Louisville - They arrived here as a defending national champion with something to prove. It's a spot that UConn and its fiercely competitive coach Jim Calhoun are comfortable with.
A bumpy regular season is behind them. The enormous burden of expectations that weighed on them so heavily at times this season has lifted.
The Huskies are relaxed and ready to start a new postseason journey in an unfamiliar position as the ninth seed in the South Region.
"I know we're going to be called defending champs," Calhoun said. "I understand that. But I always felt this team pushed too hard, too much to try to be something it wasn't yet. And that's somewhat why we had an up and down season for us.
"I do think, just the way things broke, it became kind of, let's go get it. We've got to get into the NCAA tournament. Here's what we've got to do, and we did it. I think they're not chasing something now. They're playing basketball."
UConn (20-13) faces an enormous challenge tonight in its NCAA opener, playing a tough Big 12 foe in eighth-seeded Iowa State (22-10) at approximately 9:20 p.m. at the KFC Yum! Center. The Cyclones own an impressive resume and play a unique brand of basketball.
Despite a lack of NCAA tournament experience, the Cyclones will not be intimidated playing the defending national champion.
"I mean, Kemba Walker is not coming back, is he?" Iowa State senior Scott Christopherson said. "Obviously, we know Connecticut is one of the most stories programs in all of college basketball. We know they're the defending national champs, so they've got a ton of talent.
"We feel like we earned our way to be here, too. We respect them, but I don't think there's a fear factor with them at all."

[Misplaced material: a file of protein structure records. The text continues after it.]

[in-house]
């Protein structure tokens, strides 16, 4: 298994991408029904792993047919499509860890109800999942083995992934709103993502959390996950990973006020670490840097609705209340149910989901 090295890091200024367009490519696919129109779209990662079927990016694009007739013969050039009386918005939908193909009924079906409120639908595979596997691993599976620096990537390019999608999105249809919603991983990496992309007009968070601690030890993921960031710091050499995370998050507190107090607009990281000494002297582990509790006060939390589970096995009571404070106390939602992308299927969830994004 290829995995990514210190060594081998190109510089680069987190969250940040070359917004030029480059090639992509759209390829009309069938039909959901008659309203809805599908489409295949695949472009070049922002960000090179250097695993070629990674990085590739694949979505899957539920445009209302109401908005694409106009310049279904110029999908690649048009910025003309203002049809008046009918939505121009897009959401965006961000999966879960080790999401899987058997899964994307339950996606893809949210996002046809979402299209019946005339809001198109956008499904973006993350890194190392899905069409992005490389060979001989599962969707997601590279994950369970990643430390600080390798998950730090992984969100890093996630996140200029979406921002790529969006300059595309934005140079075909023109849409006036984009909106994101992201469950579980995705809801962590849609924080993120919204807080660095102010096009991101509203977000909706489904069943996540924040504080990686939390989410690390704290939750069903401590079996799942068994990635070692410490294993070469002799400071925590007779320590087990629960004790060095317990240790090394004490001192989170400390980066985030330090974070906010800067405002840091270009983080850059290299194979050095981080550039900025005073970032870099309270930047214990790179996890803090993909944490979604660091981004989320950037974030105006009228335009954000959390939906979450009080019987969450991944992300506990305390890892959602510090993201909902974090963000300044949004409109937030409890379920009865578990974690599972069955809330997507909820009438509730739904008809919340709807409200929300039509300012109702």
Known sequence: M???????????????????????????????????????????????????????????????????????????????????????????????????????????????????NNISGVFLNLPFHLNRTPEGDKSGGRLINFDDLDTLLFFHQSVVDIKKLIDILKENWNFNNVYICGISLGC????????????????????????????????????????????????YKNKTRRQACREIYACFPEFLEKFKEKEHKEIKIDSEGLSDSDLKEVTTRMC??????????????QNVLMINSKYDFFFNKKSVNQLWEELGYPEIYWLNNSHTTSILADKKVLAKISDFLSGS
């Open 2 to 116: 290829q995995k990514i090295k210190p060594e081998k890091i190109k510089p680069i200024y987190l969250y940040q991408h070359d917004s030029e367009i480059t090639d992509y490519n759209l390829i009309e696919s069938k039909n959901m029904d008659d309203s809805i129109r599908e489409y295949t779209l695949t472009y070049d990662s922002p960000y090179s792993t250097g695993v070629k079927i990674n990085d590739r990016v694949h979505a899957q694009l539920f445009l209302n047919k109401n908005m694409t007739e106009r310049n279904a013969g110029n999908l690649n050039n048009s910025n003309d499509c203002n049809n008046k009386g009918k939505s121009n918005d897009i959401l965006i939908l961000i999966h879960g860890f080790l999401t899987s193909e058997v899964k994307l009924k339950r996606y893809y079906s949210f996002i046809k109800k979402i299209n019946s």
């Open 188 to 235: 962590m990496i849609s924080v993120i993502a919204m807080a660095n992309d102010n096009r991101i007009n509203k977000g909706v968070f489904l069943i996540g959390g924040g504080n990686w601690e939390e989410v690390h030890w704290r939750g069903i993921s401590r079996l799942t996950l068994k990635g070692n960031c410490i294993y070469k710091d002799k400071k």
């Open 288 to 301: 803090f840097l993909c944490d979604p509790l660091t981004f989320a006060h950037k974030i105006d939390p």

The fear, as far as UConn is concerned, is the depth of deadly perimeter shooters on the Iowa State team. The Cyclones are three-point specialists, converting a Big 12 best 8.9 3-pointers per game. Their offense runs through versatile sophomore Royce White, an agile 6-foot-8, 270-pound forward.
It appears to be a nightmare matchup for the Huskies, who finished next to last in the Big East in defending the 3-pointer.
But, as Calhoun pointed out Wednesday, the Huskies have improved their perimeter defense during a recent resurgence that saw them win three of their last four games. They'll attempt tonight to force shooters off the 3-point line.
"They're a great three-point shooting team, and if we let them get open shots, they're going to knock them down," sophomore Jeremy Lamb said.
UConn can pose its share of problems. The Huskies are bigger and stronger inside and their ability to protect the rim could create issues for the Cyclones.
"Coach says he feels that we can get it inside and he feels we can just outrun their bigs, so that's what we've been focusing on," junior Alex Oriakhi said.
Iowa State hasn't played a team quite like UConn, according to coach Fred Hoiberg who's built a dangerous team around five Division I transfers.
"They're so tough to score on in the paint," Hoiberg said. "Those two big guys (Oriakhi and Andre Drummond) make it very difficult, especially for our guys. We're not the biggest team. But when we have an open shot, we're going to take it."
The Huskies also have a tournament-tested coach. Calhoun, who'll be coaching his 60th NCAA game, has won 16 of 17 tournament openers during his UConn career.
"I definitely think we're ready for this," Oriakhi said. "Coach said we found ourselves. We're definitely playing harder and definitely fighting. And that's the most important thing. … You just get the feeling everybody is all in and everybody wants to win."